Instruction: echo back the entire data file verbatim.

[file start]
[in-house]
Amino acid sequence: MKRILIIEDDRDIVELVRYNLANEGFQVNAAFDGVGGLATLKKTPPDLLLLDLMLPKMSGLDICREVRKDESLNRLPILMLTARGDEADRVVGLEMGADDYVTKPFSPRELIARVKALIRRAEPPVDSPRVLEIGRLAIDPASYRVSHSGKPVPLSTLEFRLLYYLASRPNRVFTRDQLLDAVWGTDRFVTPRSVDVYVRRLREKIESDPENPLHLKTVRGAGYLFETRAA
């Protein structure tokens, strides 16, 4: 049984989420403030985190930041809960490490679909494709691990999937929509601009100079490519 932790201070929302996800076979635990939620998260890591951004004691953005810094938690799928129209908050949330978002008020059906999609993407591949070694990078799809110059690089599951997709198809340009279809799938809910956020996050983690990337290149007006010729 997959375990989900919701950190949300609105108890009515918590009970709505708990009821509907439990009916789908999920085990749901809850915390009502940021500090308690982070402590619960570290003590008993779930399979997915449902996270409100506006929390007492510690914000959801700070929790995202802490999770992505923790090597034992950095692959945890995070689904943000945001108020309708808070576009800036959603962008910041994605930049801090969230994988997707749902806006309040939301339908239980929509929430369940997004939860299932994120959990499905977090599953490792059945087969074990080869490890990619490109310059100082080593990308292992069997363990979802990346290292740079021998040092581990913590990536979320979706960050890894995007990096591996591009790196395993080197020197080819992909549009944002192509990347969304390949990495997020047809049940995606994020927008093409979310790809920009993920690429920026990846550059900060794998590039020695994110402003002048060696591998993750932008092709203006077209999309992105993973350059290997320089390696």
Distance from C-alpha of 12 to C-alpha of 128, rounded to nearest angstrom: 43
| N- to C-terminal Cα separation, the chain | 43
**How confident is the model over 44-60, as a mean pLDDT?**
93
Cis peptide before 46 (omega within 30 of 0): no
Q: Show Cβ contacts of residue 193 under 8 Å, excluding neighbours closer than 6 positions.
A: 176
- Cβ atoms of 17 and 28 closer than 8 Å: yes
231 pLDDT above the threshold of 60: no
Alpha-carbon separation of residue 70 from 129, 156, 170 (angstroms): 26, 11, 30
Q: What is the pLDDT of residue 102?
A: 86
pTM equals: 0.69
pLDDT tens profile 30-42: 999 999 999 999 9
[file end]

[in-house]
Amino acid sequence: MKRILIIEDDRDIVELVRYNLANEGFQVNAAFDGVGGLATLKKTPPDLLLLDLMLPKMSGLDICREVRKDESLNRLPILMLTARGDEADRVVGLEMGADDYVTKPFSPRELIARVKALIRRAEPPVDSPRVLEIGRLAIDPASYRVSHSGKPVPLSTLEFRLLYYLASRPNRVFTRDQLLDAVWGTDRFVTPRSVDVYVRRLREKIESDPENPLHLKTVRGAGYLFETRAA
């Protein structure tokens, strides 16, 4: 049984989420403030985190930041809960490490679909494709691990999937929509601009100079490519 932790201070929302996800076979635990939620998260890591951004004691953005810094938690799928129209908050949330978002008020059906999609993407591949070694990078799809110059690089599951997709198809340009279809799938809910956020996050983690990337290149007006010729 997959375990989900919701950190949300609105108890009515918590009970709505708990009821509907439990009916789908999920085990749901809850915390009502940021500090308690982070402590619960570290003590008993779930399979997915449902996270409100506006929390007492510690914000959801700070929790995202802490999770992505923790090597034992950095692959945890995070689904943000945001108020309708808070576009800036959603962008910041994605930049801090969230994988997707749902806006309040939301339908239980929509929430369940997004939860299932994120959990499905977090599953490792059945087969074990080869490890990619490109310059100082080593990308292992069997363990979802990346290292740079021998040092581990913590990536979320979706960050890894995007990096591996591009790196395993080197020197080819992909549009944002192509990347969304390949990495997020047809049940995606994020927008093409979310790809920009993920690429920026990846550059900060794998590039020695994110402003002048060696591998993750932008092709203006077209999309992105993973350059290997320089390696």
Distance from C-alpha of 12 to C-alpha of 128, rounded to nearest angstrom: 43
| N- to C-terminal Cα separation, the chain | 43
**How confident is the model over 44-60, as a mean pLDDT?**
93
Cis peptide before 46 (omega within 30 of 0): no
Q: Show Cβ contacts of residue 193 under 8 Å, excluding neighbours closer than 6 positions.
A: 176
- Cβ atoms of 17 and 28 closer than 8 Å: yes
231 pLDDT above the threshold of 60: no
Alpha-carbon separation of residue 70 from 129, 156, 170 (angstroms): 26, 11, 30
Q: What is the pLDDT of residue 102?
A: 86
pTM equals: 0.69
pLDDT tens profile 30-42: 999 999 999 999 9